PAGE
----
As Connecticut recovers from tropical storm Isaias, utility crews are slowly restoring power to the more than half million customers who lost power.
The sheer overload of problems hitting Connecticut residents over the past several months has been enough to drive even the hardiest souls to their knees. And now this.
The coronavirus pandemic forced legions of office workers in Connecticut to work at home to stop the spread, but the strategy hit a major disruption when Storm Isaias knocked out power.
People are being warned to stay out of the Connecticut River north of Middletown after hundreds of thousands of gallons of sewage and untreated storm water from Massachusetts gushed into a tributary, the Chicopee River in Springfield, Mass., the state’s environmental agency says.
A top state utility regulator said Wednesday that Eversource misclassified Tropical Storm Isaias as it bore down on the Northeast, estimating it would cause half as many outages as it ultimately did, leaving the utility unready to respond the scope of the devastation the storm left.
UConn announced the cancellation of its 2020 football season on Wednesday, the day it was scheduled to hold its first preseason practice.
If you’re the proud owner of a cast-iron pan, then you already know what a good investment it is. Once well-seasoned, it can cook just about anything from pancakes to fried chicken, it can go from stovetop to oven with ease, it’s nearly indestructible, it’s inexpensive and it holds its heat like a dream. But if you’re just using your pan to cook the occasional burger, then you’re missing out; you really can cook pretty much anything in it.
The people of Connecticut must be able to adhere to the good habits we’ve reluctantly grown accustomed to in the fight against the coronavirus — most importantly, working from home. That means we need electricity.
Receipts from a key subset of the state income tax were running $175 million ahead of expectations Tuesday based on an ongoing review of filings since the July 15 deadline. And those receipts, released by the legislature’s Office of Fiscal Analysis, can only increase between now and when the review wraps on Aug. 7.
Only one week before the primary, town clerks are facing major problems with absentee ballots.
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Since March 10, confirmed COVID-19 cases in Connecticut have grown from two to nearly 5,000 and there have been more than 130 reported deaths from the virus.
- Drive-in movie theaters making a comeback during coronavirus pandemic; here’s where and when you can go to one in ConnecticutDrive-in movies in Barkhamsted and Mansfield are reopening this month after being shuttered due to coronavirus pandemic restrictions on large gatherings.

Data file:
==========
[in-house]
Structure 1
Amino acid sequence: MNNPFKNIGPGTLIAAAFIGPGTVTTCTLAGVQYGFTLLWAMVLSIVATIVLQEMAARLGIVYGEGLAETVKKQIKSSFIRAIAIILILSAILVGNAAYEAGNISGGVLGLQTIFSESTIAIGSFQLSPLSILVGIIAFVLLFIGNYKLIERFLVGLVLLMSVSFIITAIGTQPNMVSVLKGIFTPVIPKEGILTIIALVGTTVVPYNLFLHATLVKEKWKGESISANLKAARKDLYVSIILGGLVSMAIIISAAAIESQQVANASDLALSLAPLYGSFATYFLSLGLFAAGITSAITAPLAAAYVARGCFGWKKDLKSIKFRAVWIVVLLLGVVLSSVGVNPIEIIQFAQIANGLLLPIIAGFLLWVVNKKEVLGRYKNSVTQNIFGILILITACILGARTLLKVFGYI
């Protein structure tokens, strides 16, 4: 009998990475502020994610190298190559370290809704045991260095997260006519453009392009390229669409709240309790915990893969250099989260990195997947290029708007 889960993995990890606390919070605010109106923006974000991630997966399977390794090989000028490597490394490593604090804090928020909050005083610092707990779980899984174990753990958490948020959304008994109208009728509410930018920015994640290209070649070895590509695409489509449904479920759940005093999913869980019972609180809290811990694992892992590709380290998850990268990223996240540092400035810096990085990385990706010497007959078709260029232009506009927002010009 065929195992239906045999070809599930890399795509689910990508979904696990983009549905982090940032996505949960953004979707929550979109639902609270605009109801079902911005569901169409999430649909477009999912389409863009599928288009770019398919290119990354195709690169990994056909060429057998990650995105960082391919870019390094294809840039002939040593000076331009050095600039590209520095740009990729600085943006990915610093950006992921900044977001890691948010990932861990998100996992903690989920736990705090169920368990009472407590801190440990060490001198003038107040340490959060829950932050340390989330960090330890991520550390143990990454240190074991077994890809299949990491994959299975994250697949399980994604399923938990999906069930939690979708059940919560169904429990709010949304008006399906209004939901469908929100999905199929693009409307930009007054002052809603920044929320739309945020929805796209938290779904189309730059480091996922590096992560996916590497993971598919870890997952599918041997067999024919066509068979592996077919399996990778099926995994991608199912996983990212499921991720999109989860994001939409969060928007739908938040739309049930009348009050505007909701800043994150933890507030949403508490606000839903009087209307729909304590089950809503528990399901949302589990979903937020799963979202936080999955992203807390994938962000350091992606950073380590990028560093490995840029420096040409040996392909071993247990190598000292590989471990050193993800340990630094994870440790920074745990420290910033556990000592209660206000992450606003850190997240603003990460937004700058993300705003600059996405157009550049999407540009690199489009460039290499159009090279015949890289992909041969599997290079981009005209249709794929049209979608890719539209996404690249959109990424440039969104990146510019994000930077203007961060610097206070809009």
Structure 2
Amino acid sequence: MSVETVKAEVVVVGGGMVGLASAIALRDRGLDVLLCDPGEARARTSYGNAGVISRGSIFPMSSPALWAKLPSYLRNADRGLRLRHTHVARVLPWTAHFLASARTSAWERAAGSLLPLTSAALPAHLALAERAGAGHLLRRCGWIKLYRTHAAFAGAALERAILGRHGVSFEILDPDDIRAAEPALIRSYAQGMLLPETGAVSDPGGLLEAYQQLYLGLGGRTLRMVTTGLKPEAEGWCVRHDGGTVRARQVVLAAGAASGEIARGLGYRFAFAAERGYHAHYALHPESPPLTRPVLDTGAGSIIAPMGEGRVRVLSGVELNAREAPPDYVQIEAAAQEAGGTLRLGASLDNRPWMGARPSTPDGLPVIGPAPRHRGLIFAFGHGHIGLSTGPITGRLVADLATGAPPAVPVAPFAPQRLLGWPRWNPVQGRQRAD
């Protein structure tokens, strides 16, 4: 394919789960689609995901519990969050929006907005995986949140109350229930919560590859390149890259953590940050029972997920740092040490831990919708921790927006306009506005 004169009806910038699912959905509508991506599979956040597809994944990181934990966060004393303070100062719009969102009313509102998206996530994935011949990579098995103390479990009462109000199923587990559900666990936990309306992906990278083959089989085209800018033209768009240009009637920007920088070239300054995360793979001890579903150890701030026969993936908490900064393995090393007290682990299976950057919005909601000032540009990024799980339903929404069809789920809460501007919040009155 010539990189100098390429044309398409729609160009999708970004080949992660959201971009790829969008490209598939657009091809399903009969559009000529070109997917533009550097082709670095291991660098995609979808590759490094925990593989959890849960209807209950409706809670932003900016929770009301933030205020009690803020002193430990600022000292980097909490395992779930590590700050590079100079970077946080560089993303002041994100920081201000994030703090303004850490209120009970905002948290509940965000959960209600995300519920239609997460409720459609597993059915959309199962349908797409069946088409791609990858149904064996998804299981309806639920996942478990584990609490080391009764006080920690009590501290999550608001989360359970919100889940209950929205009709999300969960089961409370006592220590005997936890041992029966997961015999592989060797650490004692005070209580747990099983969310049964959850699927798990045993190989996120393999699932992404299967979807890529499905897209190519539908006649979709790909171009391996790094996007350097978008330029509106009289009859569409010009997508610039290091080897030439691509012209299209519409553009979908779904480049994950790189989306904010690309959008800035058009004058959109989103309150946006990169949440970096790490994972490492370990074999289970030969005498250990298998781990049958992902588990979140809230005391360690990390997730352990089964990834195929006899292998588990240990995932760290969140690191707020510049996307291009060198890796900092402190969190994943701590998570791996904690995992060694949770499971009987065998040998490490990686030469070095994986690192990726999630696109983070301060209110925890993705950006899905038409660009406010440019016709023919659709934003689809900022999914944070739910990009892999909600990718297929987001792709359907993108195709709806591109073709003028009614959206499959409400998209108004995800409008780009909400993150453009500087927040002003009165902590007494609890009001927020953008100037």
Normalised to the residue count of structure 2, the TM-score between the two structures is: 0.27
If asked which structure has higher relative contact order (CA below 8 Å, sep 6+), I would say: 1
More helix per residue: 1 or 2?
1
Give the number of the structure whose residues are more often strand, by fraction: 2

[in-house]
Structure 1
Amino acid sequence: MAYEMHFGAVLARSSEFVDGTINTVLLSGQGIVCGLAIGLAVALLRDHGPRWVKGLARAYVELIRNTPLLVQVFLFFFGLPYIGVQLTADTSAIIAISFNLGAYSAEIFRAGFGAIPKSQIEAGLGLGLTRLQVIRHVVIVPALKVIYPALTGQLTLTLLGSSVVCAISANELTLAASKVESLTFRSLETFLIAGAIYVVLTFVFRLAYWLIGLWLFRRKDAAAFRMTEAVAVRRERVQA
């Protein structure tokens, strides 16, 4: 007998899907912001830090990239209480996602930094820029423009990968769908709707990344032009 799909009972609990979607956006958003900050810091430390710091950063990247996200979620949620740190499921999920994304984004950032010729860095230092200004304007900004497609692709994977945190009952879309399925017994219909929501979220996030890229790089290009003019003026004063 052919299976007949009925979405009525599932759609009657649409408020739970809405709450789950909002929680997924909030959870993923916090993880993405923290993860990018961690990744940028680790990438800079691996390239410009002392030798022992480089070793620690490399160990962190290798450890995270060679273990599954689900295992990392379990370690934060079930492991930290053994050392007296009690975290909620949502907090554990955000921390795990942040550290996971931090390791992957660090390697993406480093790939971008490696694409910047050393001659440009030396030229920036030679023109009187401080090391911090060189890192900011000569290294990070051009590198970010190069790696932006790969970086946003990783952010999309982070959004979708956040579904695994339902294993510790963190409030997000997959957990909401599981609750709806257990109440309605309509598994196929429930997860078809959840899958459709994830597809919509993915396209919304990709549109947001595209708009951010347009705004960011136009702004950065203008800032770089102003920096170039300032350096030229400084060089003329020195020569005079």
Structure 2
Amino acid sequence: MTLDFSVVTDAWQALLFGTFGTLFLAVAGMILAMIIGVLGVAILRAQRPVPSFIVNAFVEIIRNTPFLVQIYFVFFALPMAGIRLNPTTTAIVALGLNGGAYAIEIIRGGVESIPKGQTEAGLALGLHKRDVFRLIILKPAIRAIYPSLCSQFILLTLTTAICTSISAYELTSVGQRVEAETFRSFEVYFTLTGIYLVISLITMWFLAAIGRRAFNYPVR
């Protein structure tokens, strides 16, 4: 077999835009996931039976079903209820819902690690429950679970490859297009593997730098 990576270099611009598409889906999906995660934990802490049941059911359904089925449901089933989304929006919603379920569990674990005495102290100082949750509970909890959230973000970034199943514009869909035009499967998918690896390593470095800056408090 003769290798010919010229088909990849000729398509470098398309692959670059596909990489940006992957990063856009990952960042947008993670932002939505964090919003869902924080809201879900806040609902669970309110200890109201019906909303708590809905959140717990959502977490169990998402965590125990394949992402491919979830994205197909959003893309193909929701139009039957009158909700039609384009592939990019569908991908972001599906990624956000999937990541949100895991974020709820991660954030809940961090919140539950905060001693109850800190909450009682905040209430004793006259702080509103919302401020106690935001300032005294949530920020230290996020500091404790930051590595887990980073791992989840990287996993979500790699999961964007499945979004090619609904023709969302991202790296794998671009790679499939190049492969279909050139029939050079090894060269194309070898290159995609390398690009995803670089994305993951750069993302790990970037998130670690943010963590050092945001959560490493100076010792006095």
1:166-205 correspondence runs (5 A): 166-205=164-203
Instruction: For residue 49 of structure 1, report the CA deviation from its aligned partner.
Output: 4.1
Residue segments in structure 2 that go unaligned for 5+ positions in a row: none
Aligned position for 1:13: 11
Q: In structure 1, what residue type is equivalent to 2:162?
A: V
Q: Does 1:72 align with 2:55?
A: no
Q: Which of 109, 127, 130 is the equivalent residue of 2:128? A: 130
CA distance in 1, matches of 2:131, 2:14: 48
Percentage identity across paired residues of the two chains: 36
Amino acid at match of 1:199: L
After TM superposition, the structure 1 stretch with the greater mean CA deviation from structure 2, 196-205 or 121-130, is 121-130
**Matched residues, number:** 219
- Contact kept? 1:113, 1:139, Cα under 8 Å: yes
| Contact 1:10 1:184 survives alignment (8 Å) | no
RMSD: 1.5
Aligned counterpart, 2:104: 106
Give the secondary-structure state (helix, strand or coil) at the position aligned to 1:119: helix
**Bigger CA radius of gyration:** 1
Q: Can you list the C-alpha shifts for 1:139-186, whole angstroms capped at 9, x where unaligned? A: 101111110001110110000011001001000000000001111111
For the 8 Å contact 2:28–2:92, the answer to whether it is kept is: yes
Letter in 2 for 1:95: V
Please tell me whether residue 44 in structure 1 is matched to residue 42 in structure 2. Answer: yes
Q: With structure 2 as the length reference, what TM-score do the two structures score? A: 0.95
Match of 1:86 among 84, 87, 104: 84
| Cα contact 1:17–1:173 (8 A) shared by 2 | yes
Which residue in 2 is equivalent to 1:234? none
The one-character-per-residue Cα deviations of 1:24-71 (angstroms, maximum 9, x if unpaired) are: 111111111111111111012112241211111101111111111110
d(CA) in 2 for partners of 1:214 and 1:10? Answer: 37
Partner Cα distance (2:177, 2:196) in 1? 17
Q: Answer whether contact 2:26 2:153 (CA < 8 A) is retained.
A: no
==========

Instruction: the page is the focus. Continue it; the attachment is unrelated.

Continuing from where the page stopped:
- As the COVID-19 pandemic continues, video games can offer escape and connectionVideo games are a great way to be social in the era of social distancing. When you run out of things to talk about, you can embark on a shared adventure in a virtual landscape devoid of pandemic news or worries. Talking and interacting with others, whether it’s a friend who lives across the country or down the road, is an important part of keeping the loneliness at bay during the lockdown.
- Empty seats and temperature checks: Going to theaters and concerts in Connecticut will look much different after coronavirusConnecticut's arts and entertainment venues are cautiously looking forward to reopening after the coronavirus lockdown is lifted. What will the new reality look like, and will people feel comfortable gathering in groups again?
- Connecticut’s summer restaurants are facing an uncertain season due to coronavirus restrictionsMany seasonal eateries in Connecticut are facing an uncertain summer due to COVID-19 concerns.
- Connecticut is starting to reopen. What does that mean for social distancing guidelines and getting together with friends and family?As Connecticut launches its first phase of reopening on Wednesday, social distancing guidelines will remain in place throughout the state at outdoor dining areas, retail stores, and other destinations.
Keep up on the latest restaurant, retail and other business openings in the Greater Hartford area.
Since coronavirus has started to spread in the U.S., many restaurants have closed their doors to dine-in customers, shifting to delivery and takeout only. Is it safe to eat a meal handled by cooks and delivery people? Is it safe to go to the grocery store? There are a lot of food questions surrounding COVID-19, so The Daily Meal checked in with the expert sources to determine the answers. (Taylor Rock, The Daily Meal)